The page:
The World Ends With You •

The World Ends With You •

The World Ends with You came out in 2007 – I just checked out – but it still looks a bit like the future. Or maybe it looks like a future. It was a Square-Enix action RPG perfectly crafted around the Nintendo DS, and using a lot of the wonderfully weird features of this wonderfully weird console. You tapped the screen to move around and navigate the menus, sure, but when it came time for a battle, you controlled different characters on different screens, working restlessly with different input methods like action. of hockey between your allies. Even when you weren’t in a fight, the game was unusual: an RPG set in modern-day Shibuya and featuring a group of stylish teenagers trained in a set of deadly challenges. Every day a new obstacle: follow clues, solve puzzles and fight against monsters if you want to stay alive. Quest givers wore hoodies. Your types of attacks revolved around the badges you collected. Vital information has been texted to you on your flip phone. You could read the minds of passing strangers, immersing yourself in a timely world of daily crushes and worries.

Neo: The World Ends with YouDeveloper: Square EnixPublisher: Square EnixPlatform: Played on PS4 via ParsecAvailability: Released July 27 on PS4 and Switch, and this summer on the Epic Games Store

It was a game that you could initially only see running on the DS, but it’s Square-Enix, of course, so ports to everything from smartphones to the Switch followed, all losing the second screen and a bit of the weird magic with that. Now the game has a proper follow-up, in the form of Neo: The World Ends With You, which will head to Switch and PS4 in July, and then the Epic Games Store later this summer. No second screen, but has the magic been rekindled?

Based on ninety minutes of play from the first two levels or days of the game, things look pretty good. The biggest surprise here is probably the switch to proper 3D: As you explore Shibuya, the skyscrapers now rise high above you, and you can move inside their homes, climb the stairs and discover the alleys. You can’t rotate the camera with the right joystick, but the placement of the roaming point of view is smart and cinematic. Much thought has gone into the staging of each area, whether it’s the low, wide tracking shot following you through the famous level crossing, or the side view of the Dogenzaka hill you are in. framed from a distance.

Anyway, here’s a question: curry or ramen? It’s the first big decision you need to make in Neo: The World Ends with You, and it’s the key, I think, to the second biggest surprise. Namely, if you come from the first game, it will all indeed feel warmly familiar – a nice slice of virtual tourism that gives itself to the cultures and subcultures, niches and trends of the streets of Tokyo. Where to eat, what to dress, what emojis to use on your phone conversations – these are the kinds of things The World Ends with You takes very seriously, and rightly so. You can follow two new heroes on this adventure, but their concerns remain the same as those of the teenagers of Shibuya. The game is colorful, elegant and intoxicating. It’s fantastic to see an action RPG come out of such modern threads.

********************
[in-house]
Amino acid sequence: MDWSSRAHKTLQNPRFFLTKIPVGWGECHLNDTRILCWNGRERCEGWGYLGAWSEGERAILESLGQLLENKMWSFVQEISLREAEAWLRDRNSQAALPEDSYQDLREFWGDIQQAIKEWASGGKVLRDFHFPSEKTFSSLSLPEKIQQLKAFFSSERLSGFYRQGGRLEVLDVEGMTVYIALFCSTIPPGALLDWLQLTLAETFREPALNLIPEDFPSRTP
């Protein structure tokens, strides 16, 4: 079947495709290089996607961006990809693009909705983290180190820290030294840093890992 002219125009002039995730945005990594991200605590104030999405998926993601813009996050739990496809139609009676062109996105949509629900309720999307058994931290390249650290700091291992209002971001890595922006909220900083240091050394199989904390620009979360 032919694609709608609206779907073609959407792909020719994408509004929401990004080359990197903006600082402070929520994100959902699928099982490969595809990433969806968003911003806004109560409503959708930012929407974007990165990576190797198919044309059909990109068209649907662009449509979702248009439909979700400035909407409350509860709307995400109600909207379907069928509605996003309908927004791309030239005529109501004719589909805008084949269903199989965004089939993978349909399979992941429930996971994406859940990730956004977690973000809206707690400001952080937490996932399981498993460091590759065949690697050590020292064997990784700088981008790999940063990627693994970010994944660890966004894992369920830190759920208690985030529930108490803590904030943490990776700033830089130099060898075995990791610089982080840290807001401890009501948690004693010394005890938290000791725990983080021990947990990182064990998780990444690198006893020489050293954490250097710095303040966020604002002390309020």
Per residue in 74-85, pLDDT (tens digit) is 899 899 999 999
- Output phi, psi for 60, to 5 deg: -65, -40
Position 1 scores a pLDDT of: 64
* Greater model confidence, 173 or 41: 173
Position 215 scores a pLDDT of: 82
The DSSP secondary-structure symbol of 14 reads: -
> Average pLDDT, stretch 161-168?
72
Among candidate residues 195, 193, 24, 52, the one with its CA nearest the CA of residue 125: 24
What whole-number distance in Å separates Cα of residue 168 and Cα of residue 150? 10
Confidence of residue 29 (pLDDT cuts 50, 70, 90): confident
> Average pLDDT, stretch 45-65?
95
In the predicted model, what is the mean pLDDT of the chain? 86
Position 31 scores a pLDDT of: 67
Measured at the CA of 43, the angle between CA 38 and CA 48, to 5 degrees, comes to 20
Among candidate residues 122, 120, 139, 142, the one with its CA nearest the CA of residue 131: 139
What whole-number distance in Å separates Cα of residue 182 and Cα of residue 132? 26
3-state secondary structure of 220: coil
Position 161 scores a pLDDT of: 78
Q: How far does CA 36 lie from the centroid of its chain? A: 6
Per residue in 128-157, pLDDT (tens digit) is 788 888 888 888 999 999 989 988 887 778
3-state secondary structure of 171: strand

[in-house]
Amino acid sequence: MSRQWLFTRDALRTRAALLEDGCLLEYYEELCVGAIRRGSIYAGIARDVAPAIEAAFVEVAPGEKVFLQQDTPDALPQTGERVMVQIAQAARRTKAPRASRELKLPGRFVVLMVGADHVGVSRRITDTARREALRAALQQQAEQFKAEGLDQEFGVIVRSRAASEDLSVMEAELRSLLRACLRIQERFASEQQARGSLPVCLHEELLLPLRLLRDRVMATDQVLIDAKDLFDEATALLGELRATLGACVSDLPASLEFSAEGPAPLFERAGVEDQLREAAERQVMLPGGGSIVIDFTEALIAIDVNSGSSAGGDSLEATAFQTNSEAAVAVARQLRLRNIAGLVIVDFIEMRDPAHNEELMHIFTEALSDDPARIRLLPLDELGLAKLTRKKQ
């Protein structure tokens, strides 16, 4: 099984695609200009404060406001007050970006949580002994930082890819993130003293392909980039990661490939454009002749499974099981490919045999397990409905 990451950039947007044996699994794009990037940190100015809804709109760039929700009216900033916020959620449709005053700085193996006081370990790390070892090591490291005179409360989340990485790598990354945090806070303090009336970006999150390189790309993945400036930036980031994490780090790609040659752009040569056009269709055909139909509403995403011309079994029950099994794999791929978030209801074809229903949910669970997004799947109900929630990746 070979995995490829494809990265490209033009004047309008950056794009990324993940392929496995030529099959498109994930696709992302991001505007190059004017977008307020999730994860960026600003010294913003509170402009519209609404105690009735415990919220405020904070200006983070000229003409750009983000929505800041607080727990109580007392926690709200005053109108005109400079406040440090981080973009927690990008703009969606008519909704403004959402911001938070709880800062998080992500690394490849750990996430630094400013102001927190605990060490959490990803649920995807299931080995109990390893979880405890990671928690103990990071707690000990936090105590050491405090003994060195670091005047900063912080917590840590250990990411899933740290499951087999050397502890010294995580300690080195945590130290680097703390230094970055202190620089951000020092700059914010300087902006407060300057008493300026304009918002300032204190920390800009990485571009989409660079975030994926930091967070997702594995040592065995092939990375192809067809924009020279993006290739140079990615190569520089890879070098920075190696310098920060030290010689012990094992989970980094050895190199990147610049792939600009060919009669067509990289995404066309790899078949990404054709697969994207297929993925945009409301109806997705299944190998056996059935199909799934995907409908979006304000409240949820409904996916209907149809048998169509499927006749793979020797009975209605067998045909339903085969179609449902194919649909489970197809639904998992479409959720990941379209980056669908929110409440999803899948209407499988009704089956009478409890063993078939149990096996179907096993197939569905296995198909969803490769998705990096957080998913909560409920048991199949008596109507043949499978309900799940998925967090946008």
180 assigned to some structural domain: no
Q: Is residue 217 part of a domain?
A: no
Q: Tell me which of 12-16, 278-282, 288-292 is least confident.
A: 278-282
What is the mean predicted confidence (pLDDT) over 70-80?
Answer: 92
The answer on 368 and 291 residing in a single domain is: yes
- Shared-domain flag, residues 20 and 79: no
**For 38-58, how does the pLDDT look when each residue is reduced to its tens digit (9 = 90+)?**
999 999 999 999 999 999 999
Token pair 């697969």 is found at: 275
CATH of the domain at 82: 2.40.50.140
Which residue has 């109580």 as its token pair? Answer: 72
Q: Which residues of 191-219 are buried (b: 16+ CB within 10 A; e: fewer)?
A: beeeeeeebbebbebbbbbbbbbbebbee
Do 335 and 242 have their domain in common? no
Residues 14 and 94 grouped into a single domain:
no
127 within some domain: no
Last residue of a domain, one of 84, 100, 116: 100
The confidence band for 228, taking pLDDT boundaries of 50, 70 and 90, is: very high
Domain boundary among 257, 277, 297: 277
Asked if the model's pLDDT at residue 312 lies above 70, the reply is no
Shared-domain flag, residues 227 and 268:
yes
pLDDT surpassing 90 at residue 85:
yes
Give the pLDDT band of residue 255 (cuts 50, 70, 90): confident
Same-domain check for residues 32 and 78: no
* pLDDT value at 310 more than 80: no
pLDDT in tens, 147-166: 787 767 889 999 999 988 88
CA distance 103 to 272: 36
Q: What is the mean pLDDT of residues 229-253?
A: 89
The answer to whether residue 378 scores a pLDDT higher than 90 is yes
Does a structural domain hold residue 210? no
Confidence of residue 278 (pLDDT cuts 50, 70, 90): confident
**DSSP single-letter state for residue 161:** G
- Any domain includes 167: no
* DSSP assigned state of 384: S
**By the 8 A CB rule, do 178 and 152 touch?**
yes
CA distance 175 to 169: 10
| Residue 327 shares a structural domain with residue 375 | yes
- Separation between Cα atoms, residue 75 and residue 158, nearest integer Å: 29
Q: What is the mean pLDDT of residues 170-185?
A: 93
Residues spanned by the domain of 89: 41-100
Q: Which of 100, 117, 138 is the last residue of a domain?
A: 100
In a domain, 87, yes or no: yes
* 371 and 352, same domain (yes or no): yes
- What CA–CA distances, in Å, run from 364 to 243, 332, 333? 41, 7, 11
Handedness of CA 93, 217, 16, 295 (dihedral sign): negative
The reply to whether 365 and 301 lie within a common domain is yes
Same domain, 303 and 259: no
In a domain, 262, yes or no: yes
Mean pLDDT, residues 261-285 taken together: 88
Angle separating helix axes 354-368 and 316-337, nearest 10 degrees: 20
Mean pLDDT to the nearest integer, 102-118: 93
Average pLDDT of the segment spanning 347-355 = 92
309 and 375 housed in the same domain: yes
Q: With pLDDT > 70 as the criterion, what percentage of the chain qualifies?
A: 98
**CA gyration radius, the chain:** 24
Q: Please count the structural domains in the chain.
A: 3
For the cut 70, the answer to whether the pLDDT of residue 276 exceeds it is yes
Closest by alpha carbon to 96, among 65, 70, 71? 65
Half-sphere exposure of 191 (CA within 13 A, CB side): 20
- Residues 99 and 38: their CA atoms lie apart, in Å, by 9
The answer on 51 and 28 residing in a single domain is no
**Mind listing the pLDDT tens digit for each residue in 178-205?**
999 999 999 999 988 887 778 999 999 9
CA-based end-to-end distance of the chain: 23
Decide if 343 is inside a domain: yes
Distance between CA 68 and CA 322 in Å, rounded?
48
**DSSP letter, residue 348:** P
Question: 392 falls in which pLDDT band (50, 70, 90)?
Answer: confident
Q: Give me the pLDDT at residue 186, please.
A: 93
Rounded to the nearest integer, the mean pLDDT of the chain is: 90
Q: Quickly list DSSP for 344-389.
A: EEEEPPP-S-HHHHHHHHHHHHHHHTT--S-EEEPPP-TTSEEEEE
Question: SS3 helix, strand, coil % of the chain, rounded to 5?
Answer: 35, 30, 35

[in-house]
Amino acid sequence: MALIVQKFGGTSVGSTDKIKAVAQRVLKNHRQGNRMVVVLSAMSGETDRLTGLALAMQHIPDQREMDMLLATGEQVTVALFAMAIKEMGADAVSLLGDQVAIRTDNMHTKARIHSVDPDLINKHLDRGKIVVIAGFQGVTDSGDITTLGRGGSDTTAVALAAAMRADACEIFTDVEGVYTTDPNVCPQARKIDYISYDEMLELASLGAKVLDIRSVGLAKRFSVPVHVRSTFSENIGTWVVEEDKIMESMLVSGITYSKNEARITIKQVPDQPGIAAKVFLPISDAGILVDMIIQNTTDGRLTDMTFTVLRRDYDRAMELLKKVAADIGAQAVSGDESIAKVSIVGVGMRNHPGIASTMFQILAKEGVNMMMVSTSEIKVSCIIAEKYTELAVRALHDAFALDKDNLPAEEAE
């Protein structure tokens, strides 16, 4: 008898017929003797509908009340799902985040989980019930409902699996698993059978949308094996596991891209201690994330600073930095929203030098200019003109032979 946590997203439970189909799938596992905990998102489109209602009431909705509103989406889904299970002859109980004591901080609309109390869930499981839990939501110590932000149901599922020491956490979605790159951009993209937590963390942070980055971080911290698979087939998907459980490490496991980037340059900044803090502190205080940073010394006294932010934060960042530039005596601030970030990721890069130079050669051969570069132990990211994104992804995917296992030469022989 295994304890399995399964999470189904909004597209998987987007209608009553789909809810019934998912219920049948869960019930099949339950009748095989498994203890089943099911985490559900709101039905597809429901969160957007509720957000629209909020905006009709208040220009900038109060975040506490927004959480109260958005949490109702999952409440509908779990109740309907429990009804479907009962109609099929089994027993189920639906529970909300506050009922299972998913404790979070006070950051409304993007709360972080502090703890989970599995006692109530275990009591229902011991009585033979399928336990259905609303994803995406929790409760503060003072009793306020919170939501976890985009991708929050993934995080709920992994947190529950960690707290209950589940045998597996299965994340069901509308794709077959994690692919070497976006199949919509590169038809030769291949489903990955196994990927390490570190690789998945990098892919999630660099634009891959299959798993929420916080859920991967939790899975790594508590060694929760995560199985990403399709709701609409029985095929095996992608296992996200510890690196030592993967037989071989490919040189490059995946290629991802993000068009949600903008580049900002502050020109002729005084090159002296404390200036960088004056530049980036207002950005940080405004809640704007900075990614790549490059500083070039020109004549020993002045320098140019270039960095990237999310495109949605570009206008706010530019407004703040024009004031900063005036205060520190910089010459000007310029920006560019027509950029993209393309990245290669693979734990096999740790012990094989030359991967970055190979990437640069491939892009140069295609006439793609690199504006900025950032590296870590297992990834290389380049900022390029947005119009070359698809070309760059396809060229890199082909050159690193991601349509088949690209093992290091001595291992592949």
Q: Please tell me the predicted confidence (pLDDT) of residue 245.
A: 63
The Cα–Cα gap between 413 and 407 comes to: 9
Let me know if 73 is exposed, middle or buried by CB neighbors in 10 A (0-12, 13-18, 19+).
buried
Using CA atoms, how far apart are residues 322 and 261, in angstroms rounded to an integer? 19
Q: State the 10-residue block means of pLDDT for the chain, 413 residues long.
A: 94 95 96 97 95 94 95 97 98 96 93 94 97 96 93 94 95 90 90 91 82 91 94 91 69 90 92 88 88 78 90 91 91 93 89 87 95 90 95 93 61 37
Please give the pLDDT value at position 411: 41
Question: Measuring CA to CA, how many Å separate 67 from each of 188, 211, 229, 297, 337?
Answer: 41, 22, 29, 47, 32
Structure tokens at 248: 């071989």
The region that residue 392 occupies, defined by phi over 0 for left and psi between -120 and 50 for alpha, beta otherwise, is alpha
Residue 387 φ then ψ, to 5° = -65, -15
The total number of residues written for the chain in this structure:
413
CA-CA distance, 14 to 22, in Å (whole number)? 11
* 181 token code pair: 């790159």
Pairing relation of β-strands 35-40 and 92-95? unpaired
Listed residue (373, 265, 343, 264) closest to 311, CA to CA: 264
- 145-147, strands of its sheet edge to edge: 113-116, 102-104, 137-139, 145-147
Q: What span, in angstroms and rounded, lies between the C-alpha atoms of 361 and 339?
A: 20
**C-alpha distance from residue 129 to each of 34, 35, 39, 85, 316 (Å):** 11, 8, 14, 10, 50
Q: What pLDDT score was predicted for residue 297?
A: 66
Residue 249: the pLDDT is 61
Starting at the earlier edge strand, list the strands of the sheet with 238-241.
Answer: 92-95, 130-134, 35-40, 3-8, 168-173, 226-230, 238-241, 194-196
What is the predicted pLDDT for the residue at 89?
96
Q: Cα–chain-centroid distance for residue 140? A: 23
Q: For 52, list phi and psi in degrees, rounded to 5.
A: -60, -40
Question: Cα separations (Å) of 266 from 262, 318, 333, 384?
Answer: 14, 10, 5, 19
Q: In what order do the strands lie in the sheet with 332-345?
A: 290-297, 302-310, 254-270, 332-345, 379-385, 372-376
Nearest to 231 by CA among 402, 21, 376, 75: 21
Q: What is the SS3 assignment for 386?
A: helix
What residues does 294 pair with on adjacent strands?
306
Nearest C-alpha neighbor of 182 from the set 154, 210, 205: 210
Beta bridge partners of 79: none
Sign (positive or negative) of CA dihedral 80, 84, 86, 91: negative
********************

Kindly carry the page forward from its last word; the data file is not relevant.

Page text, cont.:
And the adventure, from what we’ve seen so far, is also very similar. Our two heroes are stuck in another game with the mysterious Reapers, who challenge their teams every day, sending them running around the city and fighting monsters. You still have a little trouble solving puzzles, and you can still read people’s minds and chain enemies across the world map, triggering kinetic badge-fueled battles.


The fights themselves may miss all of the movement of the hockey puck between the two screens, but they retain a wonderfully cumulative type of aggression and are given the soul by some really nice breaks. You use different face buttons and triggers to use the different badge powers you’ve equipped, and if you chain attacks together enough, alternating between party members as you go, you can build the Groove Meter and possibly activate a special move. These badges mean, however, that even the basic attacks are pretty special. From Flames to Lightning, there are plenty of returning favorites, and badges grow and evolve as you use them – although, like before, you still have to bypass their cooldowns.

The plot that unfolds during the first few missions is already full of charm and clever ideas – one of the two new tracks can actually travel through the heads of strangers and help them resolve their memories via a little mini -game with the joystick – but the whole impression is that of a rich blur of colors and energy, a generous play in its recreation of both a place and a specific culture of youth. I can’t wait for this one.

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